Stack Overflow is a community of 4.7 million programmers, just like you, helping each other.

Join them; it only takes a minute:

Sign up
Join the Stack Overflow community to:
  1. Ask programming questions
  2. Answer and help your peers
  3. Get recognized for your expertise

Given two object arrays I need to compare the differences between the two (when converted to a string). I've reduced the code to the following and the problem still exists:

public void Compare(object[] array1, object[] array2) {
    for (var i = 0; i < array1.Length; i++) {
        var value1 = GetStringValue(array1[i]);
        var value2 = GetStringValue(array2[i]);

public string GetStringValue(object value) {
    return value != null && value.ToString() != string.Empty ?
        value.ToString() : "No Value";

The code executes fine no matter what object arrays I throw at it. However if one of the items in the array is a reference type then somehow the reference is updated. This causes issues later.

It appears that this happens when calling ToString() against the object reference. I have updated the GetStringValue method to the following (which makes sure the object is either a value type or string) and the problem goes away.

public string GetStringValue(object value) {
    return value != null && (value.GetType().IsValueType || value is string)
        && value.ToString() != string.Empty ? value.ToString() : "No Value";

However this is just a temporary hack as I'd like to be able to override the ToString() method on my reference types and compare them as well.

I'd appreciate it if someone could explain why this is happening and offer a potential solution. Thanks


To help further explain my application. This piece of code is taken from an NHibernate event listener. I think the problem lies from NHibernate adding it's own wrapper around a class to deal with lazy loading. Here's the error it throws:

collection [*] was not processed by flush()

share|improve this question

closed as not a real question by Servy, dove, Andy Hayden, Chris Gerken, iDev Nov 9 '12 at 1:33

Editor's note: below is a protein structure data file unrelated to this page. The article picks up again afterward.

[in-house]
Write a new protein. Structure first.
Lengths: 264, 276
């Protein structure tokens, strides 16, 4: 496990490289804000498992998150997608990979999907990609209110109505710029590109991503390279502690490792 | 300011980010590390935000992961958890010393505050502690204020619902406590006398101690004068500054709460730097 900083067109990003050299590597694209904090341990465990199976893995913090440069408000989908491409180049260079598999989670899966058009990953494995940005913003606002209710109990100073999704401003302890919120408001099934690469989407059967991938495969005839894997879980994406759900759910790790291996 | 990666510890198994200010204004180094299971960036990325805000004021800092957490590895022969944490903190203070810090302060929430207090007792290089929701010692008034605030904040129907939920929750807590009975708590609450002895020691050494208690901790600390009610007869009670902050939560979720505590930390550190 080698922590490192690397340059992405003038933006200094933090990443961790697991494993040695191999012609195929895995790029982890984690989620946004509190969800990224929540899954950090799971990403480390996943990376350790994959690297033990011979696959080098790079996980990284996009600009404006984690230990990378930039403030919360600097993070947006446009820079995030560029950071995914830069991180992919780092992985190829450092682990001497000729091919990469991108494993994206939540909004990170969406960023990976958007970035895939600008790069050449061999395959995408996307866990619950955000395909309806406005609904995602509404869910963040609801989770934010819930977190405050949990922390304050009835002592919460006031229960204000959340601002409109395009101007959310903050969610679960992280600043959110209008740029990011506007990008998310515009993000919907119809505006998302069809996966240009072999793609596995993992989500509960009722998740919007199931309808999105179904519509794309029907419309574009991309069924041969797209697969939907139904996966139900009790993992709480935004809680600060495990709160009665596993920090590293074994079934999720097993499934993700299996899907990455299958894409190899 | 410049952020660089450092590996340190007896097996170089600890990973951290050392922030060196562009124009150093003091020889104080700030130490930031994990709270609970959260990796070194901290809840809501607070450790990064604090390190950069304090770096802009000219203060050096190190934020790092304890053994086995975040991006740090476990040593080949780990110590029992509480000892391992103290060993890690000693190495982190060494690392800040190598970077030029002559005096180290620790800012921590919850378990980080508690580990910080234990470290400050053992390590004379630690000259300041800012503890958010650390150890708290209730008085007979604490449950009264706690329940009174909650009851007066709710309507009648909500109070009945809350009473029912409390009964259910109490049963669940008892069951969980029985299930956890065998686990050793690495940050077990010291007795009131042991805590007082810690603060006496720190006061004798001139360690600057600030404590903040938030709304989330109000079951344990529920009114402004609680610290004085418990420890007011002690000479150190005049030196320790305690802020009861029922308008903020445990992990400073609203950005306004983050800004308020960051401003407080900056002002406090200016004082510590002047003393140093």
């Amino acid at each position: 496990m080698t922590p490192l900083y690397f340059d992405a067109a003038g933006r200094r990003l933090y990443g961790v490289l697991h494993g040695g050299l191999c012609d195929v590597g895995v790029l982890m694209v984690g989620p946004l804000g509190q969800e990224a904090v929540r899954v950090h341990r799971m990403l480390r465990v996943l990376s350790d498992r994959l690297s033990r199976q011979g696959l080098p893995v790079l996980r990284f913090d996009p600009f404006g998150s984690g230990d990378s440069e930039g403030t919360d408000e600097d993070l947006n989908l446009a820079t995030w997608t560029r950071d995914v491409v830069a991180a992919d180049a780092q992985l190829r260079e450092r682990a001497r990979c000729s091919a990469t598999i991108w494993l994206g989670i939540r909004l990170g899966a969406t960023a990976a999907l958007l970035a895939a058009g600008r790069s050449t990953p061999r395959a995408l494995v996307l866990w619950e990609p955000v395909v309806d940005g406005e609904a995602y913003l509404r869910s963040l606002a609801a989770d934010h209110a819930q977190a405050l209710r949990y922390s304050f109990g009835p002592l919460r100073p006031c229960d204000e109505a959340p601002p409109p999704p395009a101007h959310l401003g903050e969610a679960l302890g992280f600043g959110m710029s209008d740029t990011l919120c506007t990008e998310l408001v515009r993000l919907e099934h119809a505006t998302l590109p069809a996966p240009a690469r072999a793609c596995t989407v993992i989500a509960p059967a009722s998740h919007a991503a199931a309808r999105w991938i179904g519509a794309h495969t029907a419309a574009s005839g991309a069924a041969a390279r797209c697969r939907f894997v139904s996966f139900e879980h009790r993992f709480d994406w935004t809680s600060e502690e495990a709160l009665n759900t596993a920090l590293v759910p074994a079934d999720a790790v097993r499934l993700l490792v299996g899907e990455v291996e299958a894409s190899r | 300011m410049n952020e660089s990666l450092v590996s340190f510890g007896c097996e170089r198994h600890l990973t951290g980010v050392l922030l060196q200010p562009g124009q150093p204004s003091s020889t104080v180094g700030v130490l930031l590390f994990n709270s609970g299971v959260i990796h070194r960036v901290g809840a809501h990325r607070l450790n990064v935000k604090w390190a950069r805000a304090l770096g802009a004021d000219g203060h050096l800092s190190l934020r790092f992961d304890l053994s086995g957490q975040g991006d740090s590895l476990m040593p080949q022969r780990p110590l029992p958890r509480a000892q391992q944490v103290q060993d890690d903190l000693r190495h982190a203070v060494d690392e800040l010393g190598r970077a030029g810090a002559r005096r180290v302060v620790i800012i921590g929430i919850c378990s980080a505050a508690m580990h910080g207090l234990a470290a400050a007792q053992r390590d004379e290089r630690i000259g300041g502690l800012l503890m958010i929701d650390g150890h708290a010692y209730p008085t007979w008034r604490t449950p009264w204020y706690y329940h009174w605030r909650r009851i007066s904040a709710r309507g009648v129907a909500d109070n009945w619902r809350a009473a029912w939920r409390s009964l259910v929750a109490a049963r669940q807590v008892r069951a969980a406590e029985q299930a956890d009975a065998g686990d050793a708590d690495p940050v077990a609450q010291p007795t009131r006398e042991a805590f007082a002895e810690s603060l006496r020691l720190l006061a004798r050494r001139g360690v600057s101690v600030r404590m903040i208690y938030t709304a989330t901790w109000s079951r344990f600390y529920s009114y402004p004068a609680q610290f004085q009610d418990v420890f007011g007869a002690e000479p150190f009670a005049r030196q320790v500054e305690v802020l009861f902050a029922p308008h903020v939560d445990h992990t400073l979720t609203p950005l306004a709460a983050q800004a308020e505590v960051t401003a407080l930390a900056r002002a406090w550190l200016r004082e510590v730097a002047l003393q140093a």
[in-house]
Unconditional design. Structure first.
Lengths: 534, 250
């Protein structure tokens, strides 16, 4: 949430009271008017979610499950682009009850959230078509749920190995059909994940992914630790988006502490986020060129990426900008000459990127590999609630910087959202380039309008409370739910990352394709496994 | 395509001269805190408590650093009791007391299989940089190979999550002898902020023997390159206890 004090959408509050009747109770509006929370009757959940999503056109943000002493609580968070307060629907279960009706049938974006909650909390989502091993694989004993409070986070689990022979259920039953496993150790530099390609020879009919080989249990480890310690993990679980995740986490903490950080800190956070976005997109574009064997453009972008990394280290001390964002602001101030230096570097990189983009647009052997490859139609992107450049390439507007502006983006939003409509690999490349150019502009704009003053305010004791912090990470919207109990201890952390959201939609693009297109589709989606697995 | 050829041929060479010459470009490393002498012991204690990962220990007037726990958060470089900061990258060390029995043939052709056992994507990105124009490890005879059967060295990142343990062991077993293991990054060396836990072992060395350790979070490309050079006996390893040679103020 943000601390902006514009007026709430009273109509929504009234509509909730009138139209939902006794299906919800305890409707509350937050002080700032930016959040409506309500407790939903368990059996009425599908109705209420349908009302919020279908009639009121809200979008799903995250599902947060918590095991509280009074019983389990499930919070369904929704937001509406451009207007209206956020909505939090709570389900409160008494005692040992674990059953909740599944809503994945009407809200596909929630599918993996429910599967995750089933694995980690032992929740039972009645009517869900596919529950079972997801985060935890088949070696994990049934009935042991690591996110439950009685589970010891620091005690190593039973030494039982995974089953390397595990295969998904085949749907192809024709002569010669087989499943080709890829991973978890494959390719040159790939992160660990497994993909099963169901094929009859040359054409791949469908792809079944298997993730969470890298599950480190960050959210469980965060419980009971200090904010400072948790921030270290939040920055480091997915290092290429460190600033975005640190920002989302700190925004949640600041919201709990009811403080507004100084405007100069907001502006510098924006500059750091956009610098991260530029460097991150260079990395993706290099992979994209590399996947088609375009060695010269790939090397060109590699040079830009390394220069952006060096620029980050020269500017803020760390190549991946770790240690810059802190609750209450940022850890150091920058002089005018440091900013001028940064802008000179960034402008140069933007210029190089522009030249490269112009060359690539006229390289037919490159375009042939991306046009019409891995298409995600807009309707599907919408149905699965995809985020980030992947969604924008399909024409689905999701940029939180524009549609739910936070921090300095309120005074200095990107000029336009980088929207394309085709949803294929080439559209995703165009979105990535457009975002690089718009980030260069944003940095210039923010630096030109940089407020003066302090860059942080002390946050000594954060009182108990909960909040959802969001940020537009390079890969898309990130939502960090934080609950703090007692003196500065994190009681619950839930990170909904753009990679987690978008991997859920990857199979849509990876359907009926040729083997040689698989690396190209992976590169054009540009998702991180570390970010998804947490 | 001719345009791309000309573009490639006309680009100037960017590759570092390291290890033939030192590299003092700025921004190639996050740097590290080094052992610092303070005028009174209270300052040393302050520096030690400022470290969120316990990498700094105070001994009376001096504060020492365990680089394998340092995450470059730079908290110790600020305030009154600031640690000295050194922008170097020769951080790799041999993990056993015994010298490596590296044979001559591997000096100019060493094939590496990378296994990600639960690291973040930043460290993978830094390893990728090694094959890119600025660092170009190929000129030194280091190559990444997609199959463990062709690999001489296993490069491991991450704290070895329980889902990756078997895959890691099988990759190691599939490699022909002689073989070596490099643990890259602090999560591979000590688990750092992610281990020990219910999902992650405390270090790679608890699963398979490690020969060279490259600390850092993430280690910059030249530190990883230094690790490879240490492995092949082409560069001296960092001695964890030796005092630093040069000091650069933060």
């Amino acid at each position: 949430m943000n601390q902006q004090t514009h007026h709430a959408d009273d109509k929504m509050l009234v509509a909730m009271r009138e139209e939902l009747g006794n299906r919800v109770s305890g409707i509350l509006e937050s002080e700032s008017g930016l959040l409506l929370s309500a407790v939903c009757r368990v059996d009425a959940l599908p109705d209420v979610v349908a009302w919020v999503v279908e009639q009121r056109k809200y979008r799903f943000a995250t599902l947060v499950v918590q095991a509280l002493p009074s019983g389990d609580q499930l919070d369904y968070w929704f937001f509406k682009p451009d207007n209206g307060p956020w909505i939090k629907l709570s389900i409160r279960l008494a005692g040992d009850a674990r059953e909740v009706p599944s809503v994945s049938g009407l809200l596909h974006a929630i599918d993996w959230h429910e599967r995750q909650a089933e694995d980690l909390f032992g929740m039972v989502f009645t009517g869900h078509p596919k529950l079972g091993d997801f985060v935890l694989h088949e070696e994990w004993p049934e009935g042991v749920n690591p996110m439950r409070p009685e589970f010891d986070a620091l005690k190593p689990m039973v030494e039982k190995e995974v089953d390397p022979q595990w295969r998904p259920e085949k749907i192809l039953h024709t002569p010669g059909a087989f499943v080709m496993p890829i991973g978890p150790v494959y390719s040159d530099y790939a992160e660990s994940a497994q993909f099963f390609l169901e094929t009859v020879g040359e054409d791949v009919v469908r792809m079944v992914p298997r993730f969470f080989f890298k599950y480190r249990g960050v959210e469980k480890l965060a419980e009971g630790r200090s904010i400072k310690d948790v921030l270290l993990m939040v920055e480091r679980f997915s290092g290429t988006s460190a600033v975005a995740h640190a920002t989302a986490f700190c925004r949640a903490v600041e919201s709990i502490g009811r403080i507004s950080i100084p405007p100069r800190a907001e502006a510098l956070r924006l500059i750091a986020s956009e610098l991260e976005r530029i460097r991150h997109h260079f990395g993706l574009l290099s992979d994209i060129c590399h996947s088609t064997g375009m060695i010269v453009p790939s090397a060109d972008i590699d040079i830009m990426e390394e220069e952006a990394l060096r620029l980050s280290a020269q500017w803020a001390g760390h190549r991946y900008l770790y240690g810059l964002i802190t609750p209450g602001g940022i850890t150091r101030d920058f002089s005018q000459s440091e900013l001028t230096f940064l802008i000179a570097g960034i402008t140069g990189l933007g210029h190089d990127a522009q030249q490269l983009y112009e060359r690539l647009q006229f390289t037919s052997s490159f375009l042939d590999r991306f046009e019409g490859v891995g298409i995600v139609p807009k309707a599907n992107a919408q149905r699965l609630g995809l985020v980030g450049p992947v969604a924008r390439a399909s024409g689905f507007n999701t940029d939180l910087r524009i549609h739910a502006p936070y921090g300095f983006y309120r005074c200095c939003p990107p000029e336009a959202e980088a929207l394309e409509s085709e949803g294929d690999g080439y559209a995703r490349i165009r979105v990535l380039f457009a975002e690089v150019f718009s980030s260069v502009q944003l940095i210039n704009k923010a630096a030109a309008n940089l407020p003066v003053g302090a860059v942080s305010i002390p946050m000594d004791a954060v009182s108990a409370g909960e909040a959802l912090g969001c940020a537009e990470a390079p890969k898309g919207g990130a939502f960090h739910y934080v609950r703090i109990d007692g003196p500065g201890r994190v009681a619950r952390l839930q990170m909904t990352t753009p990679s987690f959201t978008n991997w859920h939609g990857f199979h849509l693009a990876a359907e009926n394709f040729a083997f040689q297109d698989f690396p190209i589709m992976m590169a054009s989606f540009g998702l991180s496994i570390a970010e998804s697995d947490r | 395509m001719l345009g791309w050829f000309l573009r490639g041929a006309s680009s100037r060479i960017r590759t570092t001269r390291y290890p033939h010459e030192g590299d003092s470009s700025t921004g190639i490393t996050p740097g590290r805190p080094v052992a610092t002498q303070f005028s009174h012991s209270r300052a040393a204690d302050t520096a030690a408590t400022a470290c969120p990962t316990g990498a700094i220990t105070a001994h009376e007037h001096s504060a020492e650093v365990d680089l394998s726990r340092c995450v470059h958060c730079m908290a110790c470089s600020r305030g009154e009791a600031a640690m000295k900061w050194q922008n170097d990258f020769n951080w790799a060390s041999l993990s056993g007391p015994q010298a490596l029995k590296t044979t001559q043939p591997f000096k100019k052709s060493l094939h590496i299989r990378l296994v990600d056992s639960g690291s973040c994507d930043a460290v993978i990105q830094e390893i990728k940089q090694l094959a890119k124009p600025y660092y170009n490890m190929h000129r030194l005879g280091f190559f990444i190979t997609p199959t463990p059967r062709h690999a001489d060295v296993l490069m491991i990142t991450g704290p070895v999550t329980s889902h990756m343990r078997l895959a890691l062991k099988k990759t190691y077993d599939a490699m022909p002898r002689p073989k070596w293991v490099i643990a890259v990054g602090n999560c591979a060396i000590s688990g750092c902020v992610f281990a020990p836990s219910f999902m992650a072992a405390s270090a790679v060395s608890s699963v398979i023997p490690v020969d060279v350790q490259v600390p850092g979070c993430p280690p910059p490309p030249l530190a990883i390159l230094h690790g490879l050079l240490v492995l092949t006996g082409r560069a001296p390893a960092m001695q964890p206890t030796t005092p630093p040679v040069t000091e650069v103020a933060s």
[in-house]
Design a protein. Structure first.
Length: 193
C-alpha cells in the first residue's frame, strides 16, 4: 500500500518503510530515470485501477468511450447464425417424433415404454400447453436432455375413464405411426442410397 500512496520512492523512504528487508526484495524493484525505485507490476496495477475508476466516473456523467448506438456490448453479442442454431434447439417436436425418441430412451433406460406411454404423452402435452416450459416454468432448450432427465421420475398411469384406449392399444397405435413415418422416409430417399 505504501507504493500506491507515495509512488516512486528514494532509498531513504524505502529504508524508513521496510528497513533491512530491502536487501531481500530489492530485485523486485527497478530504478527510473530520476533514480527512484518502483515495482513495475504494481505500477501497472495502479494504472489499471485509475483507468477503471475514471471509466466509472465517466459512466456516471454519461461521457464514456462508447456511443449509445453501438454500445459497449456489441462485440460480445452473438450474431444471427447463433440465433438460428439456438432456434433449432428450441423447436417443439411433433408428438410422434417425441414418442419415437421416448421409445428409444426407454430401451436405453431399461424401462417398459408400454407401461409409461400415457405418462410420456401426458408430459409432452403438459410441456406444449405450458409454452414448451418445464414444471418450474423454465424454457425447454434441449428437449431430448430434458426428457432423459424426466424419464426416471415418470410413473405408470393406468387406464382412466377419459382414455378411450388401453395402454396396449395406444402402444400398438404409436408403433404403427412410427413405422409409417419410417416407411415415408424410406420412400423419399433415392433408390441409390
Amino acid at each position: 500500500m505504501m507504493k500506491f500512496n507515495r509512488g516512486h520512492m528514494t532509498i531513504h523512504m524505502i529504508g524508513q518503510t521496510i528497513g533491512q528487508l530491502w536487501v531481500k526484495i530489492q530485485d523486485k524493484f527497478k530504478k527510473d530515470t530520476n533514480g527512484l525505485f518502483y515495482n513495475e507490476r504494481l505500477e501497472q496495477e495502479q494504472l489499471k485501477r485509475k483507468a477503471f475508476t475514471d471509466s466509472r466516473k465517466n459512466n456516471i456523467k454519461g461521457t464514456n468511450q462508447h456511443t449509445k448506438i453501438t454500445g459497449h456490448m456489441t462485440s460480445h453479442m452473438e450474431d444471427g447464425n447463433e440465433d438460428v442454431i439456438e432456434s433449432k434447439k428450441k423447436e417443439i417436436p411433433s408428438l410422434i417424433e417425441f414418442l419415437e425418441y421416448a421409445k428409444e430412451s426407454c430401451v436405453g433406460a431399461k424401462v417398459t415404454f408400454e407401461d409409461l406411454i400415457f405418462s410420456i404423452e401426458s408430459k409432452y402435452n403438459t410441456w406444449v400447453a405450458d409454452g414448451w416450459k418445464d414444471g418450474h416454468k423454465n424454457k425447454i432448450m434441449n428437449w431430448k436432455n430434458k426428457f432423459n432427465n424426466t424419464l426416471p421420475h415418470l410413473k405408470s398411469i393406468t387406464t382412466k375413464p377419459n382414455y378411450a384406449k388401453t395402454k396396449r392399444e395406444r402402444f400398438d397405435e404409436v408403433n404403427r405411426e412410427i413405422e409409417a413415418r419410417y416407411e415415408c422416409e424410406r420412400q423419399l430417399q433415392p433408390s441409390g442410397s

It's difficult to tell what is being asked here. This question is ambiguous, vague, incomplete, overly broad, or rhetorical and cannot be reasonably answered in its current form. For help clarifying this question so that it can be reopened, visit the help center.If this question can be reworded to fit the rules in the help center, please edit the question.

What exactly do you mean by "somehow the reference is updated"? If you could provide a short but complete program demonstrating the problem, that would help enormously. (Your code is also more confusing than it needs to be - why call ToString() twice? If you want the result to be an empty string if ToString() returns an empty string, you don't need to do any replacement...) – Jon Skeet Nov 7 '12 at 17:03
Can you please explain more precisely by what do you mean "reference is updated"? – Ilya Ivanov Nov 7 '12 at 17:03
Can you explain what you mean by "the reference is updated"? – dowhilefor Nov 7 '12 at 17:03
Why do you test for value.toString() != string.Empty if you're just going to return the empty string anyway if it fails? – Henning Makholm Nov 7 '12 at 17:04
what do you mean the reference is updated. btw all the array items ARE treated like references, even the value types because of the boxing – MikeSW Nov 7 '12 at 17:04
up vote 0 down vote accepted

It sounds like there may well be a side effect going on within the ToString() method for the reference type, which is generally bad practise as this is a method often used by the .NET framework.

For this to be the case the following would have to be true:

  • You are using a custom class that yourself or another 3rd Party built.
  • Some modification of the object occurs when calling ToString().

To verify this you could just create an instance of the reference type and call ToString() on it. See if the object has changed (GetHashCode() may be one way to determine this). Or you could inspect the code...

share|improve this answer
This is really a comment, not an answer, since it's asking a clarifying question. – Servy Nov 7 '12 at 17:06
@Servy: It is an answer given the current information in the post... Often a question can have many answers, I'll change the clarifying question into a way to verify if this is the fault or not. – Ian Nov 7 '12 at 17:12
If there is not enough information in the question to give a quality answer then you don't answer at all, you either ask questions in comments until they are answered, or you vote to close as "not a real question" if you feel that nobody could answer it with the information provided. What you don't do is post clarifying questions or low quality answers as answers. – Servy Nov 7 '12 at 17:14
Do you have the source for these objects you are comparing? If so, you should take the approach of leveraging IEqualityComparer. Either way, it's possible that one of the types you are converting has overridden the ToString method and is changing itself in the process. Finally, using Convert.ToString(object) would replace your GetStringValue method much more efficiently. Finally, it isn't clear what your Compare method is returning since it's return type is void and you don't list the rest of it. – Heather Nov 7 '12 at 18:39
Thanks I marked this as the answer as not only did it help me recognise the problem, I found a nice solution using your suggestion of creating a new instance. Thanks again. – nfplee Nov 7 '12 at 21:20

Not the answer you're looking for? Browse other questions tagged or ask your own question.